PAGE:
Is this the beginning of the big Middle East war? A huge purge among Saudi royals, accusations of Lebanon aggression, Hezbollah threats. Trump's son-in-law/advisor's several semi-secret trips to visit with the Saudi crown prince. Israeli policy lining up with Saudi regional policy against Iran and Hezbollah. Yemen war at a standstill. Tension is rising. Is this the start of something big?
By Ryan McMaken
Here is an often-used tactic to defend government police organizations from criticism. Whenever critics point out abusive tactics of police officers, defenders counter with: "And yet you won't refuse police help the next time there's a robber in your house!" This, we are told, illustrates that all police critics are "hypocrites."
This has always been a dishonest tactic, of course, since "consumers" of police "services" are forced to pay for the local monopoly police force, and have no other options. Government police forces have monopolized the marketplace and crowded out affordable private security through other means. Thus, calling the police to scare off some robbers on one's property is no more hypocritical than a critic of the local power company who nevertheless turns on a lightbulb. It's simply a matter of making do with a high-priced, low-quality monopolist when no competition is allowed.
Just how low these low-quality services are has become more apparent in recent months.
In the wake of yesterday's church shooting in Texas, for example, private citizens were the ones who shot back at the assailant, and then chased him down in a high speed pursuit. The police did nothing but write some reports afterward.
A few months earlier, as violence escalated during the Charlottesville riot in Virginia, the law enforcement agencies stood back and did nothing except crash a helicopter in the woods.
Worst of all, of course, is the fact that it took police an hour and 12 minutes to respond to the Las Vegas shooter who killed more than fifty people as he opened fire on a crowd near the Las Vegas strip. Although hotel security had reported the location of the gunman — who had shot a security guard — even before the shooting began, local police agencies waited more than hour before entering the shooter's room. It remains unclear why the shooter stopped shooting after only about ten minutes minutes, but we do know that he would have been free to keep shooting for a much, much longer period of time.1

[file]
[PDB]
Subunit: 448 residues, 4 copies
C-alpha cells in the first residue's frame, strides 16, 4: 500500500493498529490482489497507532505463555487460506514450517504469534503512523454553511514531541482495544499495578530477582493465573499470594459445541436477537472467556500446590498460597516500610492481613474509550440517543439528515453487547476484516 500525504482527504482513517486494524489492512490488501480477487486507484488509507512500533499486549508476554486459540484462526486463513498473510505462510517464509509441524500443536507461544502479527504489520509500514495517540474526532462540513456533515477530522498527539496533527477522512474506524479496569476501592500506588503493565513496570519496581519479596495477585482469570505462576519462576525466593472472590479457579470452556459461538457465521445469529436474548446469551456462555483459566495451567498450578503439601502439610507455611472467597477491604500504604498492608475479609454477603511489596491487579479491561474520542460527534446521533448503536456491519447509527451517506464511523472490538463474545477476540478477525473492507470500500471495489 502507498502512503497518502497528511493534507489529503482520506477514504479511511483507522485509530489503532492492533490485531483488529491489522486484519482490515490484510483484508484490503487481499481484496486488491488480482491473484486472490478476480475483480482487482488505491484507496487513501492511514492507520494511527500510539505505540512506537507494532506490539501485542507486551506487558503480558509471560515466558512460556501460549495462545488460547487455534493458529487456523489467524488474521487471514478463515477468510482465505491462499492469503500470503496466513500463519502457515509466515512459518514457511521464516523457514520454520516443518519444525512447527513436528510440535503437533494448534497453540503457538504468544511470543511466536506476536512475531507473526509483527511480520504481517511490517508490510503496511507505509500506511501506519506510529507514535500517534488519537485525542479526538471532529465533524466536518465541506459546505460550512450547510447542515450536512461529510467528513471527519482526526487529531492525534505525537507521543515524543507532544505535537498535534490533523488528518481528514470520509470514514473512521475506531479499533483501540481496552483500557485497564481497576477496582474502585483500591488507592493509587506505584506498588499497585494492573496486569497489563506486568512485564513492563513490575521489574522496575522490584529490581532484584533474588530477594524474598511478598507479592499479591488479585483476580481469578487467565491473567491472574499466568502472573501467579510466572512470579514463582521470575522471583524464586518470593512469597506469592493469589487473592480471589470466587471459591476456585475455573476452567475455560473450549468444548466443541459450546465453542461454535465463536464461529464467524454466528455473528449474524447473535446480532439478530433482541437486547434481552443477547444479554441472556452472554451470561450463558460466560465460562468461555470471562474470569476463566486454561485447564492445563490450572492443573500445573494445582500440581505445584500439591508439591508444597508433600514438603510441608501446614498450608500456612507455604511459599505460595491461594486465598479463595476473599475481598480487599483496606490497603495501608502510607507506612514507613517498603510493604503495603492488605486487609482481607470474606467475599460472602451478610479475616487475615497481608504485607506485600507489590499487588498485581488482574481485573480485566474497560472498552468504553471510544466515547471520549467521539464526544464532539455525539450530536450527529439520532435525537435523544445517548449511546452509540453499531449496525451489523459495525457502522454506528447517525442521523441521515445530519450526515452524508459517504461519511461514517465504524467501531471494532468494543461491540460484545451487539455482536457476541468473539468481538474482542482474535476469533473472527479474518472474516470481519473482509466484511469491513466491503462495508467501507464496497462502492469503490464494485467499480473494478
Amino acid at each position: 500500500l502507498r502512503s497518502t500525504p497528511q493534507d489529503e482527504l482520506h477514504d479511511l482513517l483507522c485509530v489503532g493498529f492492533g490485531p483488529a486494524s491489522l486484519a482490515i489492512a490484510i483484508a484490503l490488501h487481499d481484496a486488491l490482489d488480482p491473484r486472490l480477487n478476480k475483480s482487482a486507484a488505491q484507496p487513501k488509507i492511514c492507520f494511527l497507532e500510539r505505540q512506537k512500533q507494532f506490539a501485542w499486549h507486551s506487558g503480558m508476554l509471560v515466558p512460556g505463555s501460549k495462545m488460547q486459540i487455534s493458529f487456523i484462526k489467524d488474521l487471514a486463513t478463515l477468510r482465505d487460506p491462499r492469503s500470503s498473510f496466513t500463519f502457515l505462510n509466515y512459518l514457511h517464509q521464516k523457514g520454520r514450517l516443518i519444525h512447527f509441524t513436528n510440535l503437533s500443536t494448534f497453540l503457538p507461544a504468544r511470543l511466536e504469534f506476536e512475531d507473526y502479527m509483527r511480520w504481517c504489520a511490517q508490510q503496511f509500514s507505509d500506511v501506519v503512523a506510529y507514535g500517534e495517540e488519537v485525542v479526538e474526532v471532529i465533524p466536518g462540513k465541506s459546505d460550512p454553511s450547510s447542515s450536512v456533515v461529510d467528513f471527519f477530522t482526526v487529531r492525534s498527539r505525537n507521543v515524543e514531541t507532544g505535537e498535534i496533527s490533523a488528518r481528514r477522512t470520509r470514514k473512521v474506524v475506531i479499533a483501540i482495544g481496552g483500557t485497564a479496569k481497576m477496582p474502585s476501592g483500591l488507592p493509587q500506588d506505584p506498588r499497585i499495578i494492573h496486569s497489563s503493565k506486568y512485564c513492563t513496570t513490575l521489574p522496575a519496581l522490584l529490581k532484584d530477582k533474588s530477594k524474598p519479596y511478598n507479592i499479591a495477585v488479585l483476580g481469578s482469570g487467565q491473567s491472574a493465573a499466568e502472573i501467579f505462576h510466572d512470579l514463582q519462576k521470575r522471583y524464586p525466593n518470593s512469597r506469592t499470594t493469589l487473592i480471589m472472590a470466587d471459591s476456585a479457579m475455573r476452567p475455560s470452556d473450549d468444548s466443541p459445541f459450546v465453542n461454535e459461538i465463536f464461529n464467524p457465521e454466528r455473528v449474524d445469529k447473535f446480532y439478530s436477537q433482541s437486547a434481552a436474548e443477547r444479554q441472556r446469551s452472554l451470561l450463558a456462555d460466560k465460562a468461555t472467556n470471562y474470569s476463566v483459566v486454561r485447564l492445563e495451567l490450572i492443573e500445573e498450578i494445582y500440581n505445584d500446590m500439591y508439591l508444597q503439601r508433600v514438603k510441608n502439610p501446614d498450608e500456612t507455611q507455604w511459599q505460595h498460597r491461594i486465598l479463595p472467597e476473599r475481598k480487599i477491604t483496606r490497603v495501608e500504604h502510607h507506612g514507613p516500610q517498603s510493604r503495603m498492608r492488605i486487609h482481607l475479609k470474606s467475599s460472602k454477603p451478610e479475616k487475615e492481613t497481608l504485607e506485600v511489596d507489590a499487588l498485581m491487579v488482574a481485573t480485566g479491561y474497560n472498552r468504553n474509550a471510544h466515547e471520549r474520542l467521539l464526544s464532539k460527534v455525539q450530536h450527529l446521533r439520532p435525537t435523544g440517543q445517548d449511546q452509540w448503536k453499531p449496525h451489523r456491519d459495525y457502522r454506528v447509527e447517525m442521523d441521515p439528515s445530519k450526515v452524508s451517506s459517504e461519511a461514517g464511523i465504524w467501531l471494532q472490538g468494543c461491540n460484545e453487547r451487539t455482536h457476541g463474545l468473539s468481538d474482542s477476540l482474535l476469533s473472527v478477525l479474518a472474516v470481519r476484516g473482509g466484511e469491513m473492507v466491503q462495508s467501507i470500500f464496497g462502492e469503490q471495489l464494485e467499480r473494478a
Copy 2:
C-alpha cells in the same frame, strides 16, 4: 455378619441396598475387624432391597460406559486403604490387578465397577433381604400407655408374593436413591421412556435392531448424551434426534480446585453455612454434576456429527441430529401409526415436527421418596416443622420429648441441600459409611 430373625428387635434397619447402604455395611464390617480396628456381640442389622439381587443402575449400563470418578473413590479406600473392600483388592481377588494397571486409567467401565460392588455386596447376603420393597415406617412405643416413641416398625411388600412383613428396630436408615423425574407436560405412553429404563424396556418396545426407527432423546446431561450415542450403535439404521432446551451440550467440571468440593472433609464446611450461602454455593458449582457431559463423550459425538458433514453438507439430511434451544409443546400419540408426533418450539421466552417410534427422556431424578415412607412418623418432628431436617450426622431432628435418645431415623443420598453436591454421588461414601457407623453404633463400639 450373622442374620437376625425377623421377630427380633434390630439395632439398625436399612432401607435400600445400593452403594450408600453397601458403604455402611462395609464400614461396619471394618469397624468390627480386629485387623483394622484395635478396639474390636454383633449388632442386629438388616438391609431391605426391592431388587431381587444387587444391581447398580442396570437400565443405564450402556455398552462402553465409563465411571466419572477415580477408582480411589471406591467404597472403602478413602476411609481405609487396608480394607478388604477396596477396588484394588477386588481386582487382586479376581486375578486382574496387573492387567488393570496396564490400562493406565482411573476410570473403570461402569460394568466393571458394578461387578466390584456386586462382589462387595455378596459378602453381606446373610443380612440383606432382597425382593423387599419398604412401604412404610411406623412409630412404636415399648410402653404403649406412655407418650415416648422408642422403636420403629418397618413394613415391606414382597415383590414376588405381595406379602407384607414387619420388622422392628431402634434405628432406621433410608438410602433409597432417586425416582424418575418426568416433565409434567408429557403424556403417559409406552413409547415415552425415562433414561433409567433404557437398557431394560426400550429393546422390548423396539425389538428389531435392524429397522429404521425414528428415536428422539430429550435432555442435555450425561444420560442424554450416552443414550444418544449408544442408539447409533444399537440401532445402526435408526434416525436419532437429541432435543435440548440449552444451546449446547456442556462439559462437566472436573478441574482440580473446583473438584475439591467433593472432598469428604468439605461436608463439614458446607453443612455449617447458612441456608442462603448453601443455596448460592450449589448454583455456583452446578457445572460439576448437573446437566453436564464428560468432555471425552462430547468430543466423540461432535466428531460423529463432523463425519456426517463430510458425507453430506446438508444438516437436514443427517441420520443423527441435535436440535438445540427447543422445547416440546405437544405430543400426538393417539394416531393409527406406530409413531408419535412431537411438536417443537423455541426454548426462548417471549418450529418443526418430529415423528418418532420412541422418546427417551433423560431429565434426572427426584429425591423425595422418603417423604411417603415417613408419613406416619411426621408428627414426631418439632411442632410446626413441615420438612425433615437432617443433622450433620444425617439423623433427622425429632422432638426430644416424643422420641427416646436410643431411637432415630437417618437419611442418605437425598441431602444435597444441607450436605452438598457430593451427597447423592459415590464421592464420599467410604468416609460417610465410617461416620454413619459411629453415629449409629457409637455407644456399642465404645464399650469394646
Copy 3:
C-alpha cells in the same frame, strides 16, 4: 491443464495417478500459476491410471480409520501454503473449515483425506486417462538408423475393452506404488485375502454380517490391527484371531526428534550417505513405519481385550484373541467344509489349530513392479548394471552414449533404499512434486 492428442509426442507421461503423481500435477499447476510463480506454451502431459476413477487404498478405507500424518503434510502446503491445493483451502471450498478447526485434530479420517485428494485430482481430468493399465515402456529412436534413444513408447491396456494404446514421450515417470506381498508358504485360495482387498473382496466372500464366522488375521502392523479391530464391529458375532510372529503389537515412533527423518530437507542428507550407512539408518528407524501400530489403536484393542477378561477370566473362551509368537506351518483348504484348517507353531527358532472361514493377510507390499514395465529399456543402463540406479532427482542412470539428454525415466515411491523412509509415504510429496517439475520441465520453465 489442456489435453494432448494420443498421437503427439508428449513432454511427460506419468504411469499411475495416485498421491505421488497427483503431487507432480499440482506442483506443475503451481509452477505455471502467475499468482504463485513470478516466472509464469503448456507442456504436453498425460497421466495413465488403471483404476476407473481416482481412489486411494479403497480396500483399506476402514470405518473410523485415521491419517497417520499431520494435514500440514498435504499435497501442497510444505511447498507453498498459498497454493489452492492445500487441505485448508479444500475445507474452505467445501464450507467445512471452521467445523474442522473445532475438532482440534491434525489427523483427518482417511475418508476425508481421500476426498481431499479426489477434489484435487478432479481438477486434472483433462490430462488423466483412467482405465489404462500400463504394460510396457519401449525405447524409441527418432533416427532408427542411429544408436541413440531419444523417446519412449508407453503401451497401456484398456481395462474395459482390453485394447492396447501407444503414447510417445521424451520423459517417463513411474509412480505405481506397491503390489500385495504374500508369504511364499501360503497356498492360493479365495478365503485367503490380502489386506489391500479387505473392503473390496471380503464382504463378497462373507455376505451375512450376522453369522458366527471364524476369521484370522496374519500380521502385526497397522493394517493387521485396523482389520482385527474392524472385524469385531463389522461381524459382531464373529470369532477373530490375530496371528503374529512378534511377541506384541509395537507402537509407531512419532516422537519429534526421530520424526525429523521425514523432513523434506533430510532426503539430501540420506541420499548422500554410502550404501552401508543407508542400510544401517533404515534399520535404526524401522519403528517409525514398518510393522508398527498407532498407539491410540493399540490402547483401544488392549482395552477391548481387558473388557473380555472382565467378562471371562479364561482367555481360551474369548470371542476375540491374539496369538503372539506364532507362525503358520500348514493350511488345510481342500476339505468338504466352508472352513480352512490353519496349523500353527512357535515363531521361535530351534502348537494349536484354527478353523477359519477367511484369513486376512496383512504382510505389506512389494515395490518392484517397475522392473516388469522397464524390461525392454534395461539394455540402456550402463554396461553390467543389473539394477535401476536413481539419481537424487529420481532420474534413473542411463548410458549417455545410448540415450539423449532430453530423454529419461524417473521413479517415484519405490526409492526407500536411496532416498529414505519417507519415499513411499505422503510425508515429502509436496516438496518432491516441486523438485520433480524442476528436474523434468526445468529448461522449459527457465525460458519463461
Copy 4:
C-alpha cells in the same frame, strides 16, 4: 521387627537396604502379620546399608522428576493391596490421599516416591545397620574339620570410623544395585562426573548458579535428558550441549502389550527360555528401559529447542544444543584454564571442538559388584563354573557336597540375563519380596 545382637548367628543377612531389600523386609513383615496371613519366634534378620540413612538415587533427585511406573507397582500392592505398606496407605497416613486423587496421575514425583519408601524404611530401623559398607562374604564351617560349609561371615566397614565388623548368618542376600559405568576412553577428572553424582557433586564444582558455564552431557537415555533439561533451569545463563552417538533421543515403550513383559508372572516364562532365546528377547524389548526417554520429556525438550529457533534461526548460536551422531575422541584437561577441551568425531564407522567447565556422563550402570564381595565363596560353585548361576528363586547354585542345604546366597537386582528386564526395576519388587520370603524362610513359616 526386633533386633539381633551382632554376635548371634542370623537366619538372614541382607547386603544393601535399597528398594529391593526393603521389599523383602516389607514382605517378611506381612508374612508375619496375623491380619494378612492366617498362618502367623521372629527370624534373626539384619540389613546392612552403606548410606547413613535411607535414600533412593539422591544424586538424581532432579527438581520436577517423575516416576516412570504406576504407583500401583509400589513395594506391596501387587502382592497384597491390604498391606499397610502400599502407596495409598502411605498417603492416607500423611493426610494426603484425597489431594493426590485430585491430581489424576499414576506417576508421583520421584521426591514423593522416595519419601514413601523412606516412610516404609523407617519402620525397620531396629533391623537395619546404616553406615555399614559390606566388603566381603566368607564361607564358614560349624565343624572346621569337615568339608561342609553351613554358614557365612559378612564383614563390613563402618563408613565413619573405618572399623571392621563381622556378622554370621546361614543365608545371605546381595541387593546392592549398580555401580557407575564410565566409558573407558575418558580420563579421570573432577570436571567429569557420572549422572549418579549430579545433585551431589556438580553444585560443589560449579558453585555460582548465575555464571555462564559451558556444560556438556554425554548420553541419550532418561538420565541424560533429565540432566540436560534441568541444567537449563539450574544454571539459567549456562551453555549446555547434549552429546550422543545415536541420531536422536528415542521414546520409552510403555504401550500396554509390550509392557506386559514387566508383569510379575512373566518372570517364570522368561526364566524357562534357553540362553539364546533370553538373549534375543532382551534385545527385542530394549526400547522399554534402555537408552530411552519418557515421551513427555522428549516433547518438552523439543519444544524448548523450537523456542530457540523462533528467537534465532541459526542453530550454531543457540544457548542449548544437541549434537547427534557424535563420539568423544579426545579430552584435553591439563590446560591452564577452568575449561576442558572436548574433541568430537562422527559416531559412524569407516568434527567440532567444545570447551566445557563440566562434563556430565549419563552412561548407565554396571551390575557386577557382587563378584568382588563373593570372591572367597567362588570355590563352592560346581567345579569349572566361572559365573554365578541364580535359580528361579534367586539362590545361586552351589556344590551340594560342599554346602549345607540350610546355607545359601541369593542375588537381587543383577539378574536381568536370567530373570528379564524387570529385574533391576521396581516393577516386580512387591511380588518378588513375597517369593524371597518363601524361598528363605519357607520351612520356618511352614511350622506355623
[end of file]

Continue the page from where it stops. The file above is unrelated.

Among advocates for private firearms ownership, the old joke is that "when seconds matter, the police are only minutes away." In Las Vegas at least, the saying could be "when seconds matter, the police are only an hour (or more) away."
Defenders of the police, of course, will claim that an hour of preparation was necessary in order to protect "officer safety." But this also tells you a lot about how government police function: while a gunman is raining down gunfire upon a crowd of people, it's officer safety that comes first, not citizen safety.
These, of course, are just some more recent examples. A multitude of historical examples remain, as well, including the Columbine school shooting in which local police agencies did nothing but seal off the area while the shooters remained untouched inside the school. The students and faculty trapped inside the school were on their own.
One might also point to the Waco Texas massacre in which police agencies, claiming to be rescuing women and children from the cultist David Koresh, decided to burn most of them to death instead.
None of this should surprise us however.
It is established policy in the United States that police agencies have no duty to protect citizens, and are not liable for any harm that comes to citizens due to police inaction. In other words, the taxpayers are required to pay for "protection" from police. But the police aren't required to actually provide services. One can only imagine the howls we'd hear if any private industry were allowed to function in a similar way.
So, we shouldn't expect any reform or any other measure that will hold police accountable for doing so little to engage and stop violent criminals in times of extreme crisis.
If anything, we should expect police agencies to call for the taxpayers to pay even more for more police services. This, of course, is what happened in the wake of September 11, 2001. One of the worst security failures in American history — a failure allowed by the most well-funded security and police agencies in the world — did not lead to question of whether Americans are actually getting their money's worth for the generous budgets that go year after year to federal law enforcement agencies. Instead, we were all told the taxpayers should be prepared to shell out even more money and give up even more of their freedoms.